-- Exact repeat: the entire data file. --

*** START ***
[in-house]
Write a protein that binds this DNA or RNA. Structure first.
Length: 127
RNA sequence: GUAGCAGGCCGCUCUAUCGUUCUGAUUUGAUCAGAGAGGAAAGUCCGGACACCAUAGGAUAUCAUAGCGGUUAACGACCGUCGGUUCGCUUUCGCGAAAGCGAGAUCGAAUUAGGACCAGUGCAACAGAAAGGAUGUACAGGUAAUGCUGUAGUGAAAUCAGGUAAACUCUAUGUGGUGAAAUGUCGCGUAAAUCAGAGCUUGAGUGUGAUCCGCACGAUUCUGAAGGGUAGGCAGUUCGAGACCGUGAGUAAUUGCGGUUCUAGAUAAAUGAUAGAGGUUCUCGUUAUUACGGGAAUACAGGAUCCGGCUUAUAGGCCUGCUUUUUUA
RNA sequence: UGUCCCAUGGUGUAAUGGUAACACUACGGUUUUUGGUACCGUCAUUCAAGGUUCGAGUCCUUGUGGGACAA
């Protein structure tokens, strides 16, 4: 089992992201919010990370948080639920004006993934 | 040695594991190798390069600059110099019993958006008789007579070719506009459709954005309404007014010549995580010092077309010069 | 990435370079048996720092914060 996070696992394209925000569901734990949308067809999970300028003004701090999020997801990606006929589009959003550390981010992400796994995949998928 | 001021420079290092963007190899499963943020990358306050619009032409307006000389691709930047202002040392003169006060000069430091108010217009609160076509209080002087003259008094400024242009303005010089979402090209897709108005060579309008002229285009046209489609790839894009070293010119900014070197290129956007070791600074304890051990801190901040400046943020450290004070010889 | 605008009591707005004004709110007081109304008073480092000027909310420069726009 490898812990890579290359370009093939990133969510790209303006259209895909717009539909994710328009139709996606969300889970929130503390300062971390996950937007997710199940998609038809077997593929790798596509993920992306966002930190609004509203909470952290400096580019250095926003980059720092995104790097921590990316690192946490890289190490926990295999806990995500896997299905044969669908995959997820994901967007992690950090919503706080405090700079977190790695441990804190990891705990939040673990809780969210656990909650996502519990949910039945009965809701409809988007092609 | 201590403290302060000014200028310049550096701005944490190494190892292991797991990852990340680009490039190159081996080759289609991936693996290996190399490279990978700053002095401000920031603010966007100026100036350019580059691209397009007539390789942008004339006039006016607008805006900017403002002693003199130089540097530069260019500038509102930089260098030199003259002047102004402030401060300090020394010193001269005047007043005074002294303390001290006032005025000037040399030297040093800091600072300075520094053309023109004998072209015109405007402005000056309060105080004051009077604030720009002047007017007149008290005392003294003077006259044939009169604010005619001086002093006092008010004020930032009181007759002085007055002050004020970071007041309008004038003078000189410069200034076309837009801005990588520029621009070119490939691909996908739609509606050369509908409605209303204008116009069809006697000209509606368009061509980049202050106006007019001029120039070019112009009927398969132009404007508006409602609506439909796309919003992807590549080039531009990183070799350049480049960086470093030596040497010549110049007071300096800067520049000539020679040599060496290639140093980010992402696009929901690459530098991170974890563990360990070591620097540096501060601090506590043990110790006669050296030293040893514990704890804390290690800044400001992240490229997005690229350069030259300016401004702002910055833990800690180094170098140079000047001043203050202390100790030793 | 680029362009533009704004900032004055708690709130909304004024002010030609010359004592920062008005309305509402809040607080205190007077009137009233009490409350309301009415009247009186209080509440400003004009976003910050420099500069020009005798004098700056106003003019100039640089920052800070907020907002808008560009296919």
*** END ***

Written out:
[in-house]
Write a protein that binds this DNA or RNA. Structure first.
Length: 127
RNA sequence: GUAGCAGGCCGCUCUAUCGUUCUGAUUUGAUCAGAGAGGAAAGUCCGGACACCAUAGGAUAUCAUAGCGGUUAACGACCGUCGGUUCGCUUUCGCGAAAGCGAGAUCGAAUUAGGACCAGUGCAACAGAAAGGAUGUACAGGUAAUGCUGUAGUGAAAUCAGGUAAACUCUAUGUGGUGAAAUGUCGCGUAAAUCAGAGCUUGAGUGUGAUCCGCACGAUUCUGAAGGGUAGGCAGUUCGAGACCGUGAGUAAUUGCGGUUCUAGAUAAAUGAUAGAGGUUCUCGUUAUUACGGGAAUACAGGAUCCGGCUUAUAGGCCUGCUUUUUUA
RNA sequence: UGUCCCAUGGUGUAAUGGUAACACUACGGUUUUUGGUACCGUCAUUCAAGGUUCGAGUCCUUGUGGGACAA
């Protein structure tokens, strides 16, 4: 089992992201919010990370948080639920004006993934 | 040695594991190798390069600059110099019993958006008789007579070719506009459709954005309404007014010549995580010092077309010069 | 990435370079048996720092914060 996070696992394209925000569901734990949308067809999970300028003004701090999020997801990606006929589009959003550390981010992400796994995949998928 | 001021420079290092963007190899499963943020990358306050619009032409307006000389691709930047202002040392003169006060000069430091108010217009609160076509209080002087003259008094400024242009303005010089979402090209897709108005060579309008002229285009046209489609790839894009070293010119900014070197290129956007070791600074304890051990801190901040400046943020450290004070010889 | 605008009591707005004004709110007081109304008073480092000027909310420069726009 490898812990890579290359370009093939990133969510790209303006259209895909717009539909994710328009139709996606969300889970929130503390300062971390996950937007997710199940998609038809077997593929790798596509993920992306966002930190609004509203909470952290400096580019250095926003980059720092995104790097921590990316690192946490890289190490926990295999806990995500896997299905044969669908995959997820994901967007992690950090919503706080405090700079977190790695441990804190990891705990939040673990809780969210656990909650996502519990949910039945009965809701409809988007092609 | 201590403290302060000014200028310049550096701005944490190494190892292991797991990852990340680009490039190159081996080759289609991936693996290996190399490279990978700053002095401000920031603010966007100026100036350019580059691209397009007539390789942008004339006039006016607008805006900017403002002693003199130089540097530069260019500038509102930089260098030199003259002047102004402030401060300090020394010193001269005047007043005074002294303390001290006032005025000037040399030297040093800091600072300075520094053309023109004998072209015109405007402005000056309060105080004051009077604030720009002047007017007149008290005392003294003077006259044939009169604010005619001086002093006092008010004020930032009181007759002085007055002050004020970071007041309008004038003078000189410069200034076309837009801005990588520029621009070119490939691909996908739609509606050369509908409605209303204008116009069809006697000209509606368009061509980049202050106006007019001029120039070019112009009927398969132009404007508006409602609506439909796309919003992807590549080039531009990183070799350049480049960086470093030596040497010549110049007071300096800067520049000539020679040599060496290639140093980010992402696009929901690459530098991170974890563990360990070591620097540096501060601090506590043990110790006669050296030293040893514990704890804390290690800044400001992240490229997005690229350069030259300016401004702002910055833990800690180094170098140079000047001043203050202390100790030793 | 680029362009533009704004900032004055708690709130909304004024002010030609010359004592920062008005309305509402809040607080205190007077009137009233009490409350309301009415009247009186209080509440400003004009976003910050420099500069020009005798004098700056106003003019100039640089920052800070907020907002808008560009296919």